heat treatment

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heat treatment

[′hēt ‚trēt·mənt]
Heating and cooling a metal or alloy to obtain desired properties or conditions.
McGraw-Hill Dictionary of Scientific & Technical Terms, 6E, Copyright © 2003 by The McGraw-Hill Companies, Inc.

Heat treatment (metallurgy)

A procedure of heating and cooling a material without melting. Plastic deformation may be included in the sequence of heating and cooling steps, thus defining a thermomechanical treatment. Typical objectives of heat treatments are hardening, strengthening, softening, improved formability, improved machinability, stress relief, and improved dimensional stability. Heat treatments are often categorized with special names, such as annealing, normalizing, stress relief anneals, process anneals, hardening, tempering, austempering, martempering, intercritical annealing, carburizing, nitriding, solution anneal, aging, precipitation hardening, and thermomechanical treatment.

All metals and alloys in common use are heat-treated at some stage during processing. Iron alloys, however, respond to heat treatments in a unique way because of the multitude of phase changes which can be induced, and it is thus convenient to discuss heat treatments for ferrous and nonferrous metals separately.

Ferrous metals

Annealing heat treatments are used to soften the steel, to improve the machinability, to relieve internal stresses, to impart dimensional stability, and to refine the grain size.

Hardening treatments are used to harden steels by heating to a temperature at which austenite is formed and then cooling with sufficient rapidity to make the transformation to pearlite or ferrite unfavorable.

Some heat treatments are used to alter the chemistry at the surface of a steel, usually to achieve preferential hardening of a surface layer. Carburizing consists of subjecting the steel to an atmosphere of partially combusted natural gas which has been enriched with respect to carbon. In the nitriding treatment, nitrogen diffusing to the surface of the steel forms nitrides. Chromizing involves the addition of chromium to the surface by diffusion from a chromium-rich material packed around the steel or dissolved in molten lead.

Nonferrous metals

Many nonferrous metals do not exhibit phase transformations, and it is not possible to harden them by means of simple heating and quenching treatments as in steel. Unlike steels, it is impossible to achieve grain refinement by heat treatment alone, but it is possible to reduce the grain size by a combination of cold-working and annealing treatments.

Some nonferrous alloys can be hardened, but the mechanism is one by which a fine precipitate is formed, and the reaction is fundamentally different from the martensitic hardening reaction in steel. There are also certain ferrous alloys that can be precipitation hardened. However this hardening technique is used much more widely in nonferrous than in ferrous alloys. In titanium alloys, the β phase can transform in a martensitic reaction on rapid cooling, and the hardening of these alloys is achieved by methods which are similar to those used for steels.

McGraw-Hill Concise Encyclopedia of Engineering. © 2002 by The McGraw-Hill Companies, Inc.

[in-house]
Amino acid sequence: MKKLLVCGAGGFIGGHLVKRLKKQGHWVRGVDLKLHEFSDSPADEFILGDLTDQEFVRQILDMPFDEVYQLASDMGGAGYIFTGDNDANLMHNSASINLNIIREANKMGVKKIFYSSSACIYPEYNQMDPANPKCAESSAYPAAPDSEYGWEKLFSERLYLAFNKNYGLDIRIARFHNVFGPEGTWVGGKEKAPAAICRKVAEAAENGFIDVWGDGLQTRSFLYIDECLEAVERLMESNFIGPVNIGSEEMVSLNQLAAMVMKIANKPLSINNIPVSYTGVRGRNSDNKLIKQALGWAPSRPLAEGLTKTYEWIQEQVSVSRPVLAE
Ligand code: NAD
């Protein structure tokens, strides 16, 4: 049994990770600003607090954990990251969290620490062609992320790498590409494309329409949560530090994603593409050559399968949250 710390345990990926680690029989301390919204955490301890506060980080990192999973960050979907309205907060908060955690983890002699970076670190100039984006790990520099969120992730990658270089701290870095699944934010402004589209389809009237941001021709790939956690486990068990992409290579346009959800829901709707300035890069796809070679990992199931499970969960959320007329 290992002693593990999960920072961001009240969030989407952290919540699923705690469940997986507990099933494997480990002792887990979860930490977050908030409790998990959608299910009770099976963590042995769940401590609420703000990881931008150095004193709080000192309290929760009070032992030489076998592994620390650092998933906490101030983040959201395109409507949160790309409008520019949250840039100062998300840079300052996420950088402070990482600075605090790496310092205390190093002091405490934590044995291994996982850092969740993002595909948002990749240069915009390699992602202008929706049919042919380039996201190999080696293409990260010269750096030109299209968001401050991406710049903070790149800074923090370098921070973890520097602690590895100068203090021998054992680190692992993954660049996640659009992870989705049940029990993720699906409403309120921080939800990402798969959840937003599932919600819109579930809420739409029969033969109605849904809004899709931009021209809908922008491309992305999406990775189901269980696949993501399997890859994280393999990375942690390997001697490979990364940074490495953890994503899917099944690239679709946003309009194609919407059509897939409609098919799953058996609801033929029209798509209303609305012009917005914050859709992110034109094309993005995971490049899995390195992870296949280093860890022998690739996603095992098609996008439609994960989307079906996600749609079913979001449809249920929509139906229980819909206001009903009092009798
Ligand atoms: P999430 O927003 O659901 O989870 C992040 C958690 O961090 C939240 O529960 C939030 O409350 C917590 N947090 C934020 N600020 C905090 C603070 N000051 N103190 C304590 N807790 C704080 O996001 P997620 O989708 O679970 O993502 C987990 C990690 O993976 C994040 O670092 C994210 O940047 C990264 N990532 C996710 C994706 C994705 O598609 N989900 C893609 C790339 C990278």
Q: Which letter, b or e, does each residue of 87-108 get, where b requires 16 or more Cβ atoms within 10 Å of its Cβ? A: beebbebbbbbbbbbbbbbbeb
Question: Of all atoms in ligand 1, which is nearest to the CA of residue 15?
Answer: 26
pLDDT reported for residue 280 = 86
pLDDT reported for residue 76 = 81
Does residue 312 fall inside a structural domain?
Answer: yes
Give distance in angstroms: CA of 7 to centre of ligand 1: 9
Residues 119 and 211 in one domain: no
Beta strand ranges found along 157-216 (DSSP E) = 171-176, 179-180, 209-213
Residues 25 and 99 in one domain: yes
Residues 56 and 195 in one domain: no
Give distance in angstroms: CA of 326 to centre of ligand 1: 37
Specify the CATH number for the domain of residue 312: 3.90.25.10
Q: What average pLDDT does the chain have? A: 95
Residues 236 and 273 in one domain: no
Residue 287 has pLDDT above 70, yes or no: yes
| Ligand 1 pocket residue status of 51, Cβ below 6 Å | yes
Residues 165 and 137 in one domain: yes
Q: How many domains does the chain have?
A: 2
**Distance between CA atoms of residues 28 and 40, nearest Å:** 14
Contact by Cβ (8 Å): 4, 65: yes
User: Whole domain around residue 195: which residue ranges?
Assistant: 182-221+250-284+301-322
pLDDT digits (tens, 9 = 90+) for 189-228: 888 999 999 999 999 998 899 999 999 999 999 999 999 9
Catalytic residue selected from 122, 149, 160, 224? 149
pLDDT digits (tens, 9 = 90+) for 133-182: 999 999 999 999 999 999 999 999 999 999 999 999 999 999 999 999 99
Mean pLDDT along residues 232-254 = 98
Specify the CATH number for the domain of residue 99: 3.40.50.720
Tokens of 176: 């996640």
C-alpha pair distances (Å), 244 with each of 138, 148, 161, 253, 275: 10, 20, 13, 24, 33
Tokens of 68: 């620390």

heat treatment

Heating and cooling a solid metal or alloy in order to produce changes in its physical and mechanical properties.
McGraw-Hill Dictionary of Architecture and Construction. Copyright © 2003 by McGraw-Hill Companies, Inc.
References in periodicals archive ?
Therefore, the microstructure of the WS heat-treated at 700[degrees]C was consisted of untempered martensite and tempered martensite.
When compared to control samples, L* value has decreased up to respectively 46%, 54% and 62% at 190, 200 and 210 [degrees]C in heat-treated scotch pine samples; and it has decreased up to respectively 48%, 58% and 64% in Eastern beech samples.
Representative color changes after the accelerated UV weathering test are shown in Figure 3 for both heat-treated and untreated samples.
They applied various techniques, including 2,2'-azino-bis(3-ethylbenzthiazoline-6-sulphonic acid) (ABTS) radical-scavenging activity, to investigate the antioxidant activities of the heat-treated samples.
The same official estimated that China's annual exports of heat-treated poultry products to the EU could reach 100,000 tons worth $1 billion.
When unprocessed and processed juices were compared, samples exposed to the alternative hurdle approach displayed fewer color differences and greater ascorbic acid retention than did the heat-treated samples.
The enhanced hydrophobic character of heat-treated wood is well known.
Because it hasn't been heat-treated, unpasteurised milk can contain bacteria that could cause food poisoning.
Features include top-removable gearing for easier maintenance, double reeved, heat-treated sheaves for true vertical lift, and Ace Toshiba flux vector controls.
"The additional capacity is designed to position Ipsco for further growth in value-added energy tubular product markets by taking advantage of the growing demand for high-grade heat-treated products," said Joseph Russo, Ipsco's senior vice president and chief technology officer.
* Dual heat-treated steel ripper shanks can be quickly lowered to a depth of 7 inches to loosen hard packed areas.
If you order from DLA, write in the remarks box of the requisition: heat-treated lumber only.